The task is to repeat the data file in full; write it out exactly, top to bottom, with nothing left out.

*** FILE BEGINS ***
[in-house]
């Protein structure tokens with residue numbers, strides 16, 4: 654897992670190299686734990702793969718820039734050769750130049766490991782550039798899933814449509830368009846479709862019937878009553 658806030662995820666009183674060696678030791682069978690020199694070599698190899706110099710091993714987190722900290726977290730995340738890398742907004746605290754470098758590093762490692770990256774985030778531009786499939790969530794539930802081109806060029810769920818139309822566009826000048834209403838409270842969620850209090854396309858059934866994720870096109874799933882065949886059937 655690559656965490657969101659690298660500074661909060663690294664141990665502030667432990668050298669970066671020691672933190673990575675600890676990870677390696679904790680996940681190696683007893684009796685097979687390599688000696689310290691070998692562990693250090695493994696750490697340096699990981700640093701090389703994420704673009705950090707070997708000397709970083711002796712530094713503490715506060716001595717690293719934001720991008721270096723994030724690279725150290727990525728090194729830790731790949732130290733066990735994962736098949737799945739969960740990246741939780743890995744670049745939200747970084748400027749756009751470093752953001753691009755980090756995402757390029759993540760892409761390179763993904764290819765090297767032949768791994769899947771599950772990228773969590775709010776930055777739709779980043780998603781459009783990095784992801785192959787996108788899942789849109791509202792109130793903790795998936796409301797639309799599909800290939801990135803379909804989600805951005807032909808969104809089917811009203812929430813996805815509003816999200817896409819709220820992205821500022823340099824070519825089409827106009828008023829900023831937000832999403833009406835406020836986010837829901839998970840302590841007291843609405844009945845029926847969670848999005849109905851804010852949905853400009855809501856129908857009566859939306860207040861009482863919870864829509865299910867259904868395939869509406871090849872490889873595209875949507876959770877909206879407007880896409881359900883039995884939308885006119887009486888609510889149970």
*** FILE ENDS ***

[in-house]
């Protein structure tokens with residue numbers, strides 16, 4: 654897992670190299686734990702793969718820039734050769750130049766490991782550039798899933814449509830368009846479709862019937878009553 658806030662995820666009183674060696678030791682069978690020199694070599698190899706110099710091993714987190722900290726977290730995340738890398742907004746605290754470098758590093762490692770990256774985030778531009786499939790969530794539930802081109806060029810769920818139309822566009826000048834209403838409270842969620850209090854396309858059934866994720870096109874799933882065949886059937 655690559656965490657969101659690298660500074661909060663690294664141990665502030667432990668050298669970066671020691672933190673990575675600890676990870677390696679904790680996940681190696683007893684009796685097979687390599688000696689310290691070998692562990693250090695493994696750490697340096699990981700640093701090389703994420704673009705950090707070997708000397709970083711002796712530094713503490715506060716001595717690293719934001720991008721270096723994030724690279725150290727990525728090194729830790731790949732130290733066990735994962736098949737799945739969960740990246741939780743890995744670049745939200747970084748400027749756009751470093752953001753691009755980090756995402757390029759993540760892409761390179763993904764290819765090297767032949768791994769899947771599950772990228773969590775709010776930055777739709779980043780998603781459009783990095784992801785192959787996108788899942789849109791509202792109130793903790795998936796409301797639309799599909800290939801990135803379909804989600805951005807032909808969104809089917811009203812929430813996805815509003816999200817896409819709220820992205821500022823340099824070519825089409827106009828008023829900023831937000832999403833009406835406020836986010837829901839998970840302590841007291843609405844009945845029926847969670848999005849109905851804010852949905853400009855809501856129908857009566859939306860207040861009482863919870864829509865299910867259904868395939869509406871090849872490889873595209875949507876959770877909206879407007880896409881359900883039995884939308885006119887009486888609510889149970």